Thursday, March 15, 2018

Should All Nonverbal Young Children with Autism Immeditely Have AAC Taught To Them?

Consider that by 18 months, babies have heard 4,380 hours of spoken language and we don’t expect them to be fluent speakers.  Yet, if AAC learners only see symbols modeled for communication twice weekly for 20-30 minutes, it will take 84 YEARS for them to have the same exposure to aided language as an 18 month old has to spoken language. (Jane Korsten- QIAT Listerv 2011).
Who are the best candidates for immediate consideration for AAC?
  1. Nonverbal children who do not progress into vocal imitation even after they have learned to imitate body movements, and who may have sight word vocabulary and other nonverbal cognitive skills.  These would be young children who cannot learn to imitate speech phonemes and have a true underlying speech dyspraxia.  They desperately need AAC to develop symbolic communication.  Some will develop verbal speech as they use signs, PECS, etc., or a combination of strategies.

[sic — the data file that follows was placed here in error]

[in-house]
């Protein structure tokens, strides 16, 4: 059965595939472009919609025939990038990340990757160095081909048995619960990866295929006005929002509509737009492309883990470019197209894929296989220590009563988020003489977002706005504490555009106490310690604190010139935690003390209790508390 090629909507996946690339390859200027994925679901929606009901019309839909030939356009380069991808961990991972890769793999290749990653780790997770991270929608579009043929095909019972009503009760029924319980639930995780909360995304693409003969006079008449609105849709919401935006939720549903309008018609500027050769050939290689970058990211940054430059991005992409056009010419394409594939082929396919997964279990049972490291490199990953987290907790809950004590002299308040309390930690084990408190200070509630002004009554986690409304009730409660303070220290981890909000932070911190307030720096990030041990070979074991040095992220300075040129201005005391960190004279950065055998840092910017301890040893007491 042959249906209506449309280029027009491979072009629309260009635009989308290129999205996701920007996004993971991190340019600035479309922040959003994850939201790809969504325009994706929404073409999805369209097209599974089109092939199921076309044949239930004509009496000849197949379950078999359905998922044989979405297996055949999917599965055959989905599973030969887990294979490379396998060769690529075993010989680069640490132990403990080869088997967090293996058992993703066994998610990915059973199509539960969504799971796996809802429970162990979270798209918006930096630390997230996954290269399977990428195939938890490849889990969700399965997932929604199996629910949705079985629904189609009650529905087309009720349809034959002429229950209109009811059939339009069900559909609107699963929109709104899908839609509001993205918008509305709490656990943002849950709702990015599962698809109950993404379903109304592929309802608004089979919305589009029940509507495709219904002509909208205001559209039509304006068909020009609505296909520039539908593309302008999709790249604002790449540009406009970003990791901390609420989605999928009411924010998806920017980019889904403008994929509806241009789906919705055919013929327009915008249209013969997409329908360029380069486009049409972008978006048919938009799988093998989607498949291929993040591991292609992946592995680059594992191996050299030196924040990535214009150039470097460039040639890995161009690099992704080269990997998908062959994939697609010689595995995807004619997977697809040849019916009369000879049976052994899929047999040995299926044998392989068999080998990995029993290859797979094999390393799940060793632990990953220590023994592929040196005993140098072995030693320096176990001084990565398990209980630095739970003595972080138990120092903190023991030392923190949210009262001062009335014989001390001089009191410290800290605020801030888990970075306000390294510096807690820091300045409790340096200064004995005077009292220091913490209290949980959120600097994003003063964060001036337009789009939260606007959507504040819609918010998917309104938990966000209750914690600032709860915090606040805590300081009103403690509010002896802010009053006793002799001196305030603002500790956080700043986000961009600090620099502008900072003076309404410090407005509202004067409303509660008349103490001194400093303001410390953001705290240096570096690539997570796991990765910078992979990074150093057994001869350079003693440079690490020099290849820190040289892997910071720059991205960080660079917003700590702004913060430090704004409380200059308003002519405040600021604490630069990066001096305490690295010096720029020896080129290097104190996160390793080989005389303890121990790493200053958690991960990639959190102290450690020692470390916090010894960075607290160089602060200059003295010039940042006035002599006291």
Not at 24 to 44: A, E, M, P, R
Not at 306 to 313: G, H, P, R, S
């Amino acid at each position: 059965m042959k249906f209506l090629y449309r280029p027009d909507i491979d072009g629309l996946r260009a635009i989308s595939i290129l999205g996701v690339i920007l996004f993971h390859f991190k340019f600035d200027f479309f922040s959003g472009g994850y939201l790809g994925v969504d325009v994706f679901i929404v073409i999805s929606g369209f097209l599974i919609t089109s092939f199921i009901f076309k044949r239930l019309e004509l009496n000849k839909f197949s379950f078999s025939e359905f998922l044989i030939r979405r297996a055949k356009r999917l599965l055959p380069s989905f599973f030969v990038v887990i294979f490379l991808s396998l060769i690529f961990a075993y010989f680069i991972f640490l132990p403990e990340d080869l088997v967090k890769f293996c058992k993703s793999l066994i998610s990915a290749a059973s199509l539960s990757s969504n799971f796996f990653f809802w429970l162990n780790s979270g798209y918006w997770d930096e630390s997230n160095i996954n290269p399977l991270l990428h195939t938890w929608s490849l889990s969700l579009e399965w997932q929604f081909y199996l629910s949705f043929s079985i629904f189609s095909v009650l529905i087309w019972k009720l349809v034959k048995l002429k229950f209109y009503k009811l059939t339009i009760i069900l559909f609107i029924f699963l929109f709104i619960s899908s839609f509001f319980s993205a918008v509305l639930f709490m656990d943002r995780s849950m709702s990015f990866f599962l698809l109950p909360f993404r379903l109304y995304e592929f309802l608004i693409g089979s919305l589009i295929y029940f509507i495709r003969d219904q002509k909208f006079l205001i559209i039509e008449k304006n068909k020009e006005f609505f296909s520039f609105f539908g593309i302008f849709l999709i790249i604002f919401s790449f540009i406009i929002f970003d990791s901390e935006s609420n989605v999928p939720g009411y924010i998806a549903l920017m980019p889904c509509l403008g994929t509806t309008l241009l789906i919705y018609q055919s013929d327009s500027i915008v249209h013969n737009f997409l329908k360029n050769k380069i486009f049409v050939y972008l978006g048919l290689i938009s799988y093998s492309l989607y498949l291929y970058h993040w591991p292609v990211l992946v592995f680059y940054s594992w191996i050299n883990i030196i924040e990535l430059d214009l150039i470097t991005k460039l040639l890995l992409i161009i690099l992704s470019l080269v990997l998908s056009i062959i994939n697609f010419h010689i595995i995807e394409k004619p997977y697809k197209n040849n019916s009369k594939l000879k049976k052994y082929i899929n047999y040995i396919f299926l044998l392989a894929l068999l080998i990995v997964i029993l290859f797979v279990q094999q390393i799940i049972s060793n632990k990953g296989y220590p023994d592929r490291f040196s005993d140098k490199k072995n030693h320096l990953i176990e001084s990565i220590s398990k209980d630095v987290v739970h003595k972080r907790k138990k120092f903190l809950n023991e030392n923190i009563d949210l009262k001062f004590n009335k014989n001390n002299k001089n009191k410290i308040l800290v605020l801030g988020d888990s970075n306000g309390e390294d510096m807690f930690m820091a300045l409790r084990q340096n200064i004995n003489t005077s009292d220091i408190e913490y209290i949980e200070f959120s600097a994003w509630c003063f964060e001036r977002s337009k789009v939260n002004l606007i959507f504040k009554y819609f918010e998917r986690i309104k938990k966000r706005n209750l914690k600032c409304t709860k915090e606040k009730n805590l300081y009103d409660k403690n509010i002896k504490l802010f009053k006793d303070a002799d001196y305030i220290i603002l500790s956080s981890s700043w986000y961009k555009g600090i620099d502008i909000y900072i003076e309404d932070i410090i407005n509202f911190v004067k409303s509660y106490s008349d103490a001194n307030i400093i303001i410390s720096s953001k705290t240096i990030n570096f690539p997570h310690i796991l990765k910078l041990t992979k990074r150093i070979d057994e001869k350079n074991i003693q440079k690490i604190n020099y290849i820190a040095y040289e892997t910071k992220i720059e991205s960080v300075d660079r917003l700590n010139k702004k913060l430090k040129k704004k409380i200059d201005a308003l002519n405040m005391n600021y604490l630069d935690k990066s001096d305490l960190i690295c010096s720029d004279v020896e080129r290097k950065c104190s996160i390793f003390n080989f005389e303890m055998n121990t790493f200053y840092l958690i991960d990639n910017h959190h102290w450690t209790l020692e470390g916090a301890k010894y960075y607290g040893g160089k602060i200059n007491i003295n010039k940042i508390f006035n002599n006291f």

2. Preschoolers whose nonverbal performance skills are well below 12-month level.  They will not have the necessary cognitive skills to support language development.  This will be a small group of children.  They will need to use gestural and simple, low tech AAC.

Read the very good article here.